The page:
The strips 10 and 12 are drawn through the pressure rolls A and B by traction devices 24 and 26 which draw the strips downstream of the point of convergence 18 and along a predetermined and preferably invariant path in the direction shown by the arrows in FIG. 1. Although it is preferable to draw the strips 10 and 12 through the pressure rolls A and B from a point downstream thereof, the strips may be fed from upstream of the pressure rolls or alternatively by driving the pressure rolls themselves. The speed at which the strips are driven through the rolls A and B is a process variable which is influenced in a manner to be discussed at greater length hereinafter.
A conventional source of laser energy 30 generates a laser beam 32 which is optically focused by a lens 34, or other conventional optical medium, into the converging Vee formed between the moving strips 10 and 12 respectively. The power of the laser 32 is not a critical factor in establishing a welded seam between the moving strips; it is, however, one of the controlling variables in determining the maximum travel speed at which a continuous weld can be made. For any laser of given power there is an optimum relationship between focal length, focal point position relative to the point of convergence, beam diameter, beam orientation, pressure roll diameter and welding speed which will produce a weld of acceptable quality. In fact, proper focusing of the laser beam 32 into the converging Vee is essential if one is to obtain a weld at all regardless of laser power. Moreover, by appropriate focusing in accordance with the present invention, optimum utilization of the laser beam energy will be achieved. The focusing of the laser beam will be dicussed at greater length hereinafter in connection with FIGS. 2 and 3.
The pressure rolls A and B perform a critical function in combination with proper focusing of the laser beam for practicing the process of the present invention. It has been determined that the strips 10 and 12 must not only abut each other in intimate relationship at the point of convergence 18 but in addition there must exist at least a nominal compressive force against the strips at such location. A total absence of pressure will result in a total failure to achieve a continuous weld between the moving strips even at substantially reduced speeds with otherwise optimum process variables. The magnitude of the compressive force does not appear significant provided that at least some positive pressure is being applied. Too much pressure is in fact a disadvantage and may cause physical deformation.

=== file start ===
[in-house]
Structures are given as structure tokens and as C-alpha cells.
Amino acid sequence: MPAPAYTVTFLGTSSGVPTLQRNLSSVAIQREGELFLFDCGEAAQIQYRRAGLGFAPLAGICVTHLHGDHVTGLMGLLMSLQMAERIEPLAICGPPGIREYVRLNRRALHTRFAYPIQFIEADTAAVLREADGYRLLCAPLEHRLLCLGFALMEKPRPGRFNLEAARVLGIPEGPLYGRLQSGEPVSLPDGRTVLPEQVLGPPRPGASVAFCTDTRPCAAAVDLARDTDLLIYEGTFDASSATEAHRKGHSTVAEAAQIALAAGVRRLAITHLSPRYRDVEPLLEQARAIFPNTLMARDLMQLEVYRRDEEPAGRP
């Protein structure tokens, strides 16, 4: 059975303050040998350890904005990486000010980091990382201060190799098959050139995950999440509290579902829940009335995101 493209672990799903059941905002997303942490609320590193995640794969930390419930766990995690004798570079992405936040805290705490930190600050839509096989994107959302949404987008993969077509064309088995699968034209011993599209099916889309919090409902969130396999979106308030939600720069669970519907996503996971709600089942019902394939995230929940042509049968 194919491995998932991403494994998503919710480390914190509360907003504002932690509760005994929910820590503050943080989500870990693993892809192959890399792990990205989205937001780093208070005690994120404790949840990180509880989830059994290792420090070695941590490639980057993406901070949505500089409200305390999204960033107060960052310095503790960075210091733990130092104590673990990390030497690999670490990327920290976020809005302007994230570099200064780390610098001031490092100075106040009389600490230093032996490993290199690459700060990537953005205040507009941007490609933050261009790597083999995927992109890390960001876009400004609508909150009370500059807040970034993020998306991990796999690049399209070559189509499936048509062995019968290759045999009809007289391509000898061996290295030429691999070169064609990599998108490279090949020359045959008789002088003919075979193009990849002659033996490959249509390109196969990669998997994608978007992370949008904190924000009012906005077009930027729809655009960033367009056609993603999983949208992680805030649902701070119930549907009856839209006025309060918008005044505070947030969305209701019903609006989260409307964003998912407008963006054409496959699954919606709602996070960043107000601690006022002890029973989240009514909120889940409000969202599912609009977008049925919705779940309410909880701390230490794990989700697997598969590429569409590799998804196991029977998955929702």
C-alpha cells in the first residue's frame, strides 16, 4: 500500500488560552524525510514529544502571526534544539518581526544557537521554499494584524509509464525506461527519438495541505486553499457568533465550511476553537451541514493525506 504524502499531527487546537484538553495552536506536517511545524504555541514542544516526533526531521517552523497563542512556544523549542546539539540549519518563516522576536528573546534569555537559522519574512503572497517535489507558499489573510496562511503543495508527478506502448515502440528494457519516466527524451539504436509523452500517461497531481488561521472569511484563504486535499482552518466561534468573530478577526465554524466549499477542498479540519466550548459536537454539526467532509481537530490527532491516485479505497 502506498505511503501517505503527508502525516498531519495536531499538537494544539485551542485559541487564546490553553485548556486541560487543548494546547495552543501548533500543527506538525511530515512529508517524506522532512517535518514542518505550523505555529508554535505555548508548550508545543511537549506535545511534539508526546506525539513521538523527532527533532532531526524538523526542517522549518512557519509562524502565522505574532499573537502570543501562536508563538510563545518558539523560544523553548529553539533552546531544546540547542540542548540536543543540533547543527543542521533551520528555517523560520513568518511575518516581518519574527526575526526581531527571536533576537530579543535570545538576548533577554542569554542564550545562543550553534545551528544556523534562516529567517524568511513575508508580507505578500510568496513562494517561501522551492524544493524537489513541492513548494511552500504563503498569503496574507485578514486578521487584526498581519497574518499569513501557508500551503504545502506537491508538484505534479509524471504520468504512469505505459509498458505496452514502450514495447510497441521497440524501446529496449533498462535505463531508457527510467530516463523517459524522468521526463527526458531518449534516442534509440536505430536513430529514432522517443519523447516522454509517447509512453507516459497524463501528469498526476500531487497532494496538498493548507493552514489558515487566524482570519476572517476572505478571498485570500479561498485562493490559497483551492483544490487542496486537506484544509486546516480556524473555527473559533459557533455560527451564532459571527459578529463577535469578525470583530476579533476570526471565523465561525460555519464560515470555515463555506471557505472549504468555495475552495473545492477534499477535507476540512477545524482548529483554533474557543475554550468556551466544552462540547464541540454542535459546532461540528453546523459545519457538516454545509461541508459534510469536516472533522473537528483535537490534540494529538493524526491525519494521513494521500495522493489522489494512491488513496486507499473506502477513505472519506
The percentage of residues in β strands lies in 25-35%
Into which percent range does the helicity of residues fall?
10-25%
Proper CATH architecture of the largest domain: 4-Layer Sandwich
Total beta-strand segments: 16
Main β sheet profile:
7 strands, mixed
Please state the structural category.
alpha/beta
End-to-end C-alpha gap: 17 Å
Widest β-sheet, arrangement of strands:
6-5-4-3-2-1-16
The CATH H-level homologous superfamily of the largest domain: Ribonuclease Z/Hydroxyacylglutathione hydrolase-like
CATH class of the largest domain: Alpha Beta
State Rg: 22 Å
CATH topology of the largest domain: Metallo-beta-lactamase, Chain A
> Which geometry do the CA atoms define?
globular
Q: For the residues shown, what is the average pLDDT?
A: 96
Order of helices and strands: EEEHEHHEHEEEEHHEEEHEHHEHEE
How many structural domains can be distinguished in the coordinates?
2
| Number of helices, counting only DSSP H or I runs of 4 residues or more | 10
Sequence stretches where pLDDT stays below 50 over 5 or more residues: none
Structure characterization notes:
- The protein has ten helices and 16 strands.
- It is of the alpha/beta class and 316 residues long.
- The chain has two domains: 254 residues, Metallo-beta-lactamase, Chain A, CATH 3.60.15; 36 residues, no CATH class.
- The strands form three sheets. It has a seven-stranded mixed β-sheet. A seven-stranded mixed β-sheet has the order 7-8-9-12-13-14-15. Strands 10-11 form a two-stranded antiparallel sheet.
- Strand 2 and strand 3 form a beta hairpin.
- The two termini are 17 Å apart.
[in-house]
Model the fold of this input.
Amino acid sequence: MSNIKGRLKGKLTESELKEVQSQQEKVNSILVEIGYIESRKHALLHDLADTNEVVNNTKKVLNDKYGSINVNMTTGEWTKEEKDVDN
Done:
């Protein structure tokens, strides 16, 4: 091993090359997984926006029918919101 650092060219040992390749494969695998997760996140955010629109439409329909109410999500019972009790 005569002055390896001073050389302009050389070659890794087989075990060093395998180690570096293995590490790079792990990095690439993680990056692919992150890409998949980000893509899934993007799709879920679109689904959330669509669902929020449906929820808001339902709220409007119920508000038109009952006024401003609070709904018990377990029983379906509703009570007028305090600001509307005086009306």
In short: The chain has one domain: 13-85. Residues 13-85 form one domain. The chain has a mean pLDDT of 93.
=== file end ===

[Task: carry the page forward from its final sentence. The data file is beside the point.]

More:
It is to be understood that the weld to be formed between the moving strips must exhibit continuity as the strips advance. A lack of continuity in the seam is equivalent for purposes of this disclosure to no weld at all. Weld continuity can be established simply by visual inspection or by pressure testing the seam for the existence of leaks. Obviously the quality of the weld will be dependent upon meeting at least certain minimum pressure requirements which will depend upon the application of the welded strips.
The pressure rolls A and B are preferably conventional squeeze rollers having a circular periphery and a predetermined resiliency. Other means may be employed provided such means assume a curvilinear contour as each approaches the point of convergence. For bilateral weld symmetry, the diameters of the pressure rolls A and B are equal.
FIGS. 2 and 3 indicate both the importance of focusing and the diameter of the pressure rolls A and B to the quality of the weld.
To realize a weld the laser beam must be focused into the converging Vee substantially about the point of convergence. As noted above, the point of convergence may be assumed to coincide with the point of tangency provided that the pressure rolls A and B are essentially noncompressible. However, in actual practice, it is preferred to employ resilient squeeze rolls which will deform or flatten out at or around the point where the rolls make contact with strips 10 and 12. This deformation or flattening out of the rolls causes the point at which the strips 10 and 12 converge to actually shift or position itself away from the point of tangency so that the point of convergence between the strips 10 and 12 is now actually in the upstream direction.
The latitude that may be taken in focusing the laser beam depends primarily upon the focal length, beam diameter, the squeeze roll diameter and upon the speed to be attained. FIGS. 2 and 3a-e are the result of a number of tests that were conducted using a 1 kw CO2 continuous wave 10.6 micron laser, having a 0.5 inch diameter TEMoo mode output beam which was focused through a 2.5 inch and a 3.75 inch focal length optical lens respectively to a focal spot diameter of approximately 0.004 inches at focal points, f1, f2 and f3. A number of additional focal point positions relative to the point of tangency were used to establish the outline for the graphical representation of FIG. 2. Extrapolation from FIGS. 2 and 3 establish the importance of the following criteria for high speed continuous seam welding of over at least 100 feet per minute: